Maybe they lack impulse control. Or they think “everybody does it”, and like bunnies running across the field in high volume, they believe as long as there’s enough people doing the same thing, it’s OK.

It’s a cluelessness we have within us that doesn’t recognise our actions can and do hurt other people. Especially when we only have our own goals in mind.

But you can still win against the copying sting.

Remind yourself of your soft and gooey qualities, those skills they can’t replicate, those elements they can’t get out of a box or a photocopier. Write them down. Admire them. Weave them in as you create. Because that’s the secret sauce.

And love that creative baby of yours anyway. Sure, someone stole the shine off their tap dance routine. But that doesn’t mean the baby is any less valuable.

Reflect on what you created

When a freelancer copies you, the temptation can be to walk away from the project. It can feel as though it’s contaminated somehow. Or that all the effort is useless because people won’t be able to tell the difference between your idea and theirs.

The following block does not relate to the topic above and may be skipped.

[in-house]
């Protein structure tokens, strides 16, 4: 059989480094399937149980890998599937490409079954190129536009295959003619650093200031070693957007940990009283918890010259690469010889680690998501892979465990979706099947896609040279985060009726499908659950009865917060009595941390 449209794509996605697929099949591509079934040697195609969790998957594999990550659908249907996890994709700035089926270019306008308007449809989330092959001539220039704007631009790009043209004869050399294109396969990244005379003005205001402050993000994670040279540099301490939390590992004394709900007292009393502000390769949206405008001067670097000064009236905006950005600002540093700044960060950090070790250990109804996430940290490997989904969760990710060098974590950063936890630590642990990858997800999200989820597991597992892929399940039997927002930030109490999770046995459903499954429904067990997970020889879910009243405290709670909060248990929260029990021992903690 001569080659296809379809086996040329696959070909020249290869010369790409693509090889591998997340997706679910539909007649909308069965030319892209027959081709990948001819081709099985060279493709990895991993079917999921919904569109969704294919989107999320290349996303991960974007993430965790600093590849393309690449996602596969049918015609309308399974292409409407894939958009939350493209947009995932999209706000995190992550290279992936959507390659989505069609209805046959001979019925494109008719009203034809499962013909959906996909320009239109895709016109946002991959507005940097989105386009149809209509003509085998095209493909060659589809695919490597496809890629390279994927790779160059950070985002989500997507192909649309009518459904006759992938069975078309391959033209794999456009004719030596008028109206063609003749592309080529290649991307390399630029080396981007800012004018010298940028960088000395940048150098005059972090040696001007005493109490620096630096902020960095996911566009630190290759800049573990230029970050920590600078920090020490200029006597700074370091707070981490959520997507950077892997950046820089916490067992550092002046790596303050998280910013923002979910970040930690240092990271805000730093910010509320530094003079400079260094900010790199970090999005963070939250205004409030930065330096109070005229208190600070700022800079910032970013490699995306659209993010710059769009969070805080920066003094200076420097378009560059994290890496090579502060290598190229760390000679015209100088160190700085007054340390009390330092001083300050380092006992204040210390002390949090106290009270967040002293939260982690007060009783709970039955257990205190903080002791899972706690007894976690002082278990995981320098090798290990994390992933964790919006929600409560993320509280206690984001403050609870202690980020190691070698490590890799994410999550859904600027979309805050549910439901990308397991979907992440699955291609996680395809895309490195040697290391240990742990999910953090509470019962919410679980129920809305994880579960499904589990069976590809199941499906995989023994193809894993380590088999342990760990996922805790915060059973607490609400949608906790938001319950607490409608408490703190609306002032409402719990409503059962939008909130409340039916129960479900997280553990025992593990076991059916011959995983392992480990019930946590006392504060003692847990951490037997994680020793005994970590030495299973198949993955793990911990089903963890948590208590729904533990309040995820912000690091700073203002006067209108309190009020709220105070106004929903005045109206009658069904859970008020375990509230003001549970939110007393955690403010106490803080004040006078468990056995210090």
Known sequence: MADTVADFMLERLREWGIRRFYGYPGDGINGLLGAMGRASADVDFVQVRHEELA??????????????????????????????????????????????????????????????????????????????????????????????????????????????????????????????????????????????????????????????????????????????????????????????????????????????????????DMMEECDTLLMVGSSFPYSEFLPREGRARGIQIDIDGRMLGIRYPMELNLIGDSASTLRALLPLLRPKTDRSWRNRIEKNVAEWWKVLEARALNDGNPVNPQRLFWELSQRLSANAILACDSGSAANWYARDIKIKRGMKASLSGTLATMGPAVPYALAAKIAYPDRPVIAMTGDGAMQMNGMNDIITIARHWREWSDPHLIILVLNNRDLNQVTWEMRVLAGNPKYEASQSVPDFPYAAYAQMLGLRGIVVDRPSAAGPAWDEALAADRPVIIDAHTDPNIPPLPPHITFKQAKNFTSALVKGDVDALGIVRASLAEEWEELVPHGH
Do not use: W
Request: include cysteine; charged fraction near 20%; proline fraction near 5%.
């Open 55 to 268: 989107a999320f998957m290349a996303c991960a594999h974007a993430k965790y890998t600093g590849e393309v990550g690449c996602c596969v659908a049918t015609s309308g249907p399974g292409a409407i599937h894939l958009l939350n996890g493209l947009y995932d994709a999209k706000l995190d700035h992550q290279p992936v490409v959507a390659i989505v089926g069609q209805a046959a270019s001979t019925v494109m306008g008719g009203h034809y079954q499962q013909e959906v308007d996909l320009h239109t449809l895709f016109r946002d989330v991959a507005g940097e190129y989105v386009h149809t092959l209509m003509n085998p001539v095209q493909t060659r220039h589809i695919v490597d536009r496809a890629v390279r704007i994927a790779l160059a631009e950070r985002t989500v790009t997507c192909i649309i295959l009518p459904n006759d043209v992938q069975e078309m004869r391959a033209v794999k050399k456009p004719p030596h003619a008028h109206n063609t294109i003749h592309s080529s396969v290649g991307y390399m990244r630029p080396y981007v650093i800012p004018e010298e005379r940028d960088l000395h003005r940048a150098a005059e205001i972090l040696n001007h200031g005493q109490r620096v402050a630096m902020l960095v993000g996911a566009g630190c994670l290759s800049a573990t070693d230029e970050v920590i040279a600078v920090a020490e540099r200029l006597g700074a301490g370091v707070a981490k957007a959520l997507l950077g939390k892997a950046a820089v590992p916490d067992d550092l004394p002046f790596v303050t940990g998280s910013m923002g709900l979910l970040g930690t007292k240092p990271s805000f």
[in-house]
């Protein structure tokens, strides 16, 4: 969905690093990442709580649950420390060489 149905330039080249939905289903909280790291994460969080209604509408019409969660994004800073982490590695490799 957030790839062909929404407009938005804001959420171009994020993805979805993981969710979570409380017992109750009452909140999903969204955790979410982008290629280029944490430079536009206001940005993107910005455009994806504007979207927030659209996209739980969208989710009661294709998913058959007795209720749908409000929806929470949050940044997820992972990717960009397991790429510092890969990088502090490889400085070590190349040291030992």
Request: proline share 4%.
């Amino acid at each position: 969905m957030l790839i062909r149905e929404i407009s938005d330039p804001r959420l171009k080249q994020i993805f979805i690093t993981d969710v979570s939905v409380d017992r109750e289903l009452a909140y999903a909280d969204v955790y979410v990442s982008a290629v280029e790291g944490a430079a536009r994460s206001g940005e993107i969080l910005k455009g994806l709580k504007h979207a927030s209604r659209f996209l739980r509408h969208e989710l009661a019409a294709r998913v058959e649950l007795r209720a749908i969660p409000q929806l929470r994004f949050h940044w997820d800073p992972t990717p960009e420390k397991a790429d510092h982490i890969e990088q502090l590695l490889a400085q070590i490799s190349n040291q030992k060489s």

Or it might hurt to see them enjoying the success you believe should be yours.

It’s OK to throw your toys out of the pram. To take a few days on the couch and feel broken hearted. The trick however is not defining all your next moves with someone’s bad actions.

You thought that project or idea was worth it when you thought of it. You loved it enough to go through the creation process. And you got it ready for launch.

Don’t forget that! Lean in on reflection and the power the project has already given you. Because it surely has already given you some fantastic moments. Ones that no freelancer copycat incident can take away from you.


Take a moment to reflect on the gifts that project has already delivered: